Why CBD Oil Is Being Used in Makeup Products
The biggest names in the beauty industry seem to be talking about cannabidiol (CBD) oil for cosmetics. Elle, Allure, Nylon, and People Style magazines have all recently published pieces and product reviews on CBD oil products. This non-psychoactive cannabinoid is already showing up in mascaras, facial cleansers, and body balms. 
Unlike many passing trends in the makeup industry (Think ‘glitter lips’, for instance!), there is likely some serious merit to adding CBD oil to makeup. This is, at least, according to the recent research into CBD as a topical treatment.
What’s the Big Deal With CBD Oil Products?
Cannabidiol is a healing compound found in the Cannabis Sativa family of plants and is similar in many ways to its famous cousin, THC. It’s also a cannabinoid and, just like THC, and it is known to have medicinal properties, as many cultures over thousands of years have discovered. Yet, there is one very important difference between CBD and THC - CBD is entirely non-psychoactive.
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This means that no matter how much CBD you consume, it’s never going to get you high or stoned. When consumed orally, most people report feelings of relaxation, sleepiness or, in higher doses, some mental stimulation. Topical applications like creams, balms and other CBD oil products, contain too little of the compound to trigger an altered state of mind.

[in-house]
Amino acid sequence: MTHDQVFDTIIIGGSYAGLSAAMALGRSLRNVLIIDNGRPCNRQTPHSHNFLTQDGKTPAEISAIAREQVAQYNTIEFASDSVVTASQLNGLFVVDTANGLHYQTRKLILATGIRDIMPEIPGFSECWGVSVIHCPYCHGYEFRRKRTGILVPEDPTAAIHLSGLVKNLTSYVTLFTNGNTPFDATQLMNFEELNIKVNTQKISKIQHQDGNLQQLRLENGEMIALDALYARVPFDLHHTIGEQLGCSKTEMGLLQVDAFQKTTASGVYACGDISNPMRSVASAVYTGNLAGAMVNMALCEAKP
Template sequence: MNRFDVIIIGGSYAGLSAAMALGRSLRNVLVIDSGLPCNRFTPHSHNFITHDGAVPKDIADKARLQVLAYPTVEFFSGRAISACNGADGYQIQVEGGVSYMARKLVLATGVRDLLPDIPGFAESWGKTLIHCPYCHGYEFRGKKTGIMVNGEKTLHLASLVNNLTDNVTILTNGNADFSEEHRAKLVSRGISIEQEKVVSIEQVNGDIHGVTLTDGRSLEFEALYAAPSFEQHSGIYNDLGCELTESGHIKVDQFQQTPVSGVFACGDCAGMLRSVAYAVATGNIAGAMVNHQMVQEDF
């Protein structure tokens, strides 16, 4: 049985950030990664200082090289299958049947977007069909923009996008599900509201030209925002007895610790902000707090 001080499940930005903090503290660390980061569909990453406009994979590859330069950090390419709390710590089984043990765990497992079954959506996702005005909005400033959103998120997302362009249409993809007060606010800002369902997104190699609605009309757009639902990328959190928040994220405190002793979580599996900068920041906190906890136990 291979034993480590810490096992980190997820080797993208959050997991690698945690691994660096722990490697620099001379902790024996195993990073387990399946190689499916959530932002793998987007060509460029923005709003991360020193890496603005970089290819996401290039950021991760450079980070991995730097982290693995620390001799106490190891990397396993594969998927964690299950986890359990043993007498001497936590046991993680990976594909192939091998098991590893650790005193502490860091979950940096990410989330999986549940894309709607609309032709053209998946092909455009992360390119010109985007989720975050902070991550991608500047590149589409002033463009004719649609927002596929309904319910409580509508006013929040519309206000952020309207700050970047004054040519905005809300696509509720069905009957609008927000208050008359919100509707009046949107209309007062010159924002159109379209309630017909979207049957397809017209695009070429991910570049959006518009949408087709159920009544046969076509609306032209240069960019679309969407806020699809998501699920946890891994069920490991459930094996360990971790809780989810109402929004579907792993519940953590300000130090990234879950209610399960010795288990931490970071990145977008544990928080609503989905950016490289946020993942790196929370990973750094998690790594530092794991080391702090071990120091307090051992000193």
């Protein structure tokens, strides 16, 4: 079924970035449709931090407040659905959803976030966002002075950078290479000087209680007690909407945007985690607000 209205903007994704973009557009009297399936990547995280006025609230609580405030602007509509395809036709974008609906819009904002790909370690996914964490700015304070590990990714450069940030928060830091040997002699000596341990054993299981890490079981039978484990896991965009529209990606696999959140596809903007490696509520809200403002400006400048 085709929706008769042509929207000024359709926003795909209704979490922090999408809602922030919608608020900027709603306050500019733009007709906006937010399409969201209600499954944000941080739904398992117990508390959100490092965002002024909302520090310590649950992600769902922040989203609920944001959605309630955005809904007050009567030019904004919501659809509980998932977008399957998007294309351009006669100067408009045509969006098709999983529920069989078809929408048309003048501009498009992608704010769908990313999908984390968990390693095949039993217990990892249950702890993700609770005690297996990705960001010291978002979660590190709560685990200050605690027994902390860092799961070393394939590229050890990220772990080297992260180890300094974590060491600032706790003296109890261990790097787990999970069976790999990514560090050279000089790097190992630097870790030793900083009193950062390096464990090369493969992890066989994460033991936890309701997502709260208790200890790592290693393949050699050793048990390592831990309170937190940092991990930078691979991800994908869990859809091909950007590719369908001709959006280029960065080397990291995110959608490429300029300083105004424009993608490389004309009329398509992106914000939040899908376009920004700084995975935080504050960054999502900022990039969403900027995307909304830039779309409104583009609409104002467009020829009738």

Another reason for CBD’s recent rise in popularity is because producers can easily and legally source CBD from CBD-rich industrial hemp crops, instead of marijuana. Marijuana remains illegal at the federal level in the United States, despite the increased legislation for its use sweeping the nation on a state-by-state basis. Hemp-derived CBD oil products are legal across the country, provided it’s grown, produced or imported under specific regulatory guidelines.
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The Research Behind CBD Oil in Makeup
There are three main reasons why cosmetic industry leaders are jumping on the CBD oil bandwagon. Firstly, CBD oil is a proven anti-inflammatory compound. Secondly, there is early research suggesting it may be beneficial in the treatment of acne, and thirdly, further research shows potential for use in treating skin irritation, redness, and disease. Let’s really dig into the research behind each of these claims.
CBD Oil for Acne
To no one's surprise, the overproduction of oils, also called lipids, in the skin causes acne. The other root causes of acne include skin cell proliferation and a build-up of unwanted bacteria. The more oils are produced, the higher the risk of buildup in your pores, and eventually, an increased risk of infection of these pores. Target any of these causes and, theoretically at least, you’ll get rid of the signs and symptoms of acne.
A group of scientists working from the University of Debrecen in Hungary recently uncovered some intriguing findings about CBD oil products for the treatment of acne. The findings are in the very early, laboratory stages of discovery, yet they demonstrate pretty fascinating results.